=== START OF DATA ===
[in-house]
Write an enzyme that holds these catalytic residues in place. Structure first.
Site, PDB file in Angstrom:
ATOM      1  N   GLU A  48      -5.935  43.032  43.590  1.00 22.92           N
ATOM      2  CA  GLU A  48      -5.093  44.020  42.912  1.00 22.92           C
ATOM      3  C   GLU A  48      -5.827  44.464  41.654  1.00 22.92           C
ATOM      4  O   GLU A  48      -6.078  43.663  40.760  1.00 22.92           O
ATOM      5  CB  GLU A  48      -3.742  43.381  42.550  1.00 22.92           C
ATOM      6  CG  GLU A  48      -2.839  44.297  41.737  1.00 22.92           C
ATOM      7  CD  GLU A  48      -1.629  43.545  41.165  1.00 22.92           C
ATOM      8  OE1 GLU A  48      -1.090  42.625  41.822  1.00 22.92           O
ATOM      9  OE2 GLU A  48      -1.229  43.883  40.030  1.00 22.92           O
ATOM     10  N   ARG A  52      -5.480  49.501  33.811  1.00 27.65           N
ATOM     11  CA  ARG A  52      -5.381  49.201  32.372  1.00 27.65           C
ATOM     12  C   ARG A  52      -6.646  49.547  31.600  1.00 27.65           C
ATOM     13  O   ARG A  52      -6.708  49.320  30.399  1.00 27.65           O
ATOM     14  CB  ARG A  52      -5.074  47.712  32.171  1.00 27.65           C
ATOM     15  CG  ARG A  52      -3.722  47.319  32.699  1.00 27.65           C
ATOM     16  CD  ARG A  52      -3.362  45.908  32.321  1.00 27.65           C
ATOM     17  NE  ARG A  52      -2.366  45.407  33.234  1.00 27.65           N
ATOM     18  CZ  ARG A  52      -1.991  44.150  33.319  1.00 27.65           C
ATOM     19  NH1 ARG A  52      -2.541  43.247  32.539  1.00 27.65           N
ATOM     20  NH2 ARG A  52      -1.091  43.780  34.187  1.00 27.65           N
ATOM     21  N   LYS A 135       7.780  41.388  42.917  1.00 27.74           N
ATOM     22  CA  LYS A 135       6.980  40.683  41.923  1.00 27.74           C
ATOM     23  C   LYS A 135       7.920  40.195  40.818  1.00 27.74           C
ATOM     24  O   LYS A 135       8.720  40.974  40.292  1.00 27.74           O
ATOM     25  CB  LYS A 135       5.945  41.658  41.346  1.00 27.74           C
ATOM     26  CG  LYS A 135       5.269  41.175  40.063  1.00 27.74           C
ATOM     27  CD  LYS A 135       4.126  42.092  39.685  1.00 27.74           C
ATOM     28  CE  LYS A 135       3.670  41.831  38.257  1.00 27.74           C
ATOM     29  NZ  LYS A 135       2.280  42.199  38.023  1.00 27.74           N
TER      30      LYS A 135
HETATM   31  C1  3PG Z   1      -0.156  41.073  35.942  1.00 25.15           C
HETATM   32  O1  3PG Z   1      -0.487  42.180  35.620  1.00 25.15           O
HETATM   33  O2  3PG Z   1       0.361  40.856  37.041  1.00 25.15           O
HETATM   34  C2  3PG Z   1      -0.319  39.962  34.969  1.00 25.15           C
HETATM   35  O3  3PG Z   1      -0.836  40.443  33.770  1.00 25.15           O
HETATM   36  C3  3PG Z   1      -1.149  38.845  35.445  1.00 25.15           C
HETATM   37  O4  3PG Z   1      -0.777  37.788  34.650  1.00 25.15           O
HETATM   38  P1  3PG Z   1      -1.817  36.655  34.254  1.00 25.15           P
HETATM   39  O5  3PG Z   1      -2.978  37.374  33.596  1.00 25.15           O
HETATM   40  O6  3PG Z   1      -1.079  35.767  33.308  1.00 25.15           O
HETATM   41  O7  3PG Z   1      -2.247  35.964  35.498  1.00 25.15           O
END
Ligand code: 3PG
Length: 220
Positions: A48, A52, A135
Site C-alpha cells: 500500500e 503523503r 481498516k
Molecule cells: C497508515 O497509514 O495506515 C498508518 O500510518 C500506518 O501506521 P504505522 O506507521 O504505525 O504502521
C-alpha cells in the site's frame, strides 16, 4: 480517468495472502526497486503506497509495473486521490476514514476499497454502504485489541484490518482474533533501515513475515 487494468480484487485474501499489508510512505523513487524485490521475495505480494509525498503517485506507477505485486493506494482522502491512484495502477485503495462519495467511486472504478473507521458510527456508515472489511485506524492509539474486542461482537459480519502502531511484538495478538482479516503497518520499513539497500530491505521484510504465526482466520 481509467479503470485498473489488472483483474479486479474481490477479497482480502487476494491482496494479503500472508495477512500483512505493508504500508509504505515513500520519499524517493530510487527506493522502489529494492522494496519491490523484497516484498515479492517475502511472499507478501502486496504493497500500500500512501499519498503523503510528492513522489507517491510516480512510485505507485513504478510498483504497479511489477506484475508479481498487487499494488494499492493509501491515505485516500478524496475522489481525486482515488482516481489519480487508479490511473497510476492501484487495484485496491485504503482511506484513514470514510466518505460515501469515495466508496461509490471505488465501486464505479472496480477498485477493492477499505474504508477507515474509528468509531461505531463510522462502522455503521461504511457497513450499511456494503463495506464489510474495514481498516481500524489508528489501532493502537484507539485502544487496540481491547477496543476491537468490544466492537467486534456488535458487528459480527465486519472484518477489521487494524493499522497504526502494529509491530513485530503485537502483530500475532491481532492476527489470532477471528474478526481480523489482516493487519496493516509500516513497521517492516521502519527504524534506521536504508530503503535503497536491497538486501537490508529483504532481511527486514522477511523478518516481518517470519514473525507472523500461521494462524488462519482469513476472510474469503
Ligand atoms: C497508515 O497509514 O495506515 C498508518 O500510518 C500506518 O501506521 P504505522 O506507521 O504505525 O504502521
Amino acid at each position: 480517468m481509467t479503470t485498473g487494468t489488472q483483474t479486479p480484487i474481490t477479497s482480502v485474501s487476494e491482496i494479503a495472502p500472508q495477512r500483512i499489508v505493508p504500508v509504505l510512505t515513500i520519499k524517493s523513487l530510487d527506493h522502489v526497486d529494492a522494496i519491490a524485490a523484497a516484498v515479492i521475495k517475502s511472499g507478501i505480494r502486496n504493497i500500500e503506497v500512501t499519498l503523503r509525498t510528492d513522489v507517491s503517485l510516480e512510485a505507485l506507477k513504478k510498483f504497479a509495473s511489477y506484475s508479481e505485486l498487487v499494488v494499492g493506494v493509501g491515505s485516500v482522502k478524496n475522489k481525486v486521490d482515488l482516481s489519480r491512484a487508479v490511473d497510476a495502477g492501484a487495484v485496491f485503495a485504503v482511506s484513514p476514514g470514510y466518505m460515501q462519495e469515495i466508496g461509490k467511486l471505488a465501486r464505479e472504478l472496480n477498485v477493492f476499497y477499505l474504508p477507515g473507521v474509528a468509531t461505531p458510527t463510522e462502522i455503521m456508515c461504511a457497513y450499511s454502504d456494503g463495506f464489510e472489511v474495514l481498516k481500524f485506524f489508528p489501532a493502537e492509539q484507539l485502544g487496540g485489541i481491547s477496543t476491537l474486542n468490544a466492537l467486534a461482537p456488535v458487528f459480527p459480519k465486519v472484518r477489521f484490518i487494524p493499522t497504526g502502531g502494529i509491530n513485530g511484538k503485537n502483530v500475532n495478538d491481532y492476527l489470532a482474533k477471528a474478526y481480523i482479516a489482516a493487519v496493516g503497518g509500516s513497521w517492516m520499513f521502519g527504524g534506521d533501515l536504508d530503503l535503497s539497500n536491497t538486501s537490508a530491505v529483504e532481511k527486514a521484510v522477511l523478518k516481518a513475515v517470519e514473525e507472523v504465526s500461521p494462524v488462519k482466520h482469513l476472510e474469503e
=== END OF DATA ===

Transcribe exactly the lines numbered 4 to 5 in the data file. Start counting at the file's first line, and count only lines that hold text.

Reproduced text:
ATOM      1  N   GLU A  48      -5.935  43.032  43.590  1.00 22.92           N
ATOM      2  CA  GLU A  48      -5.093  44.020  42.912  1.00 22.92           C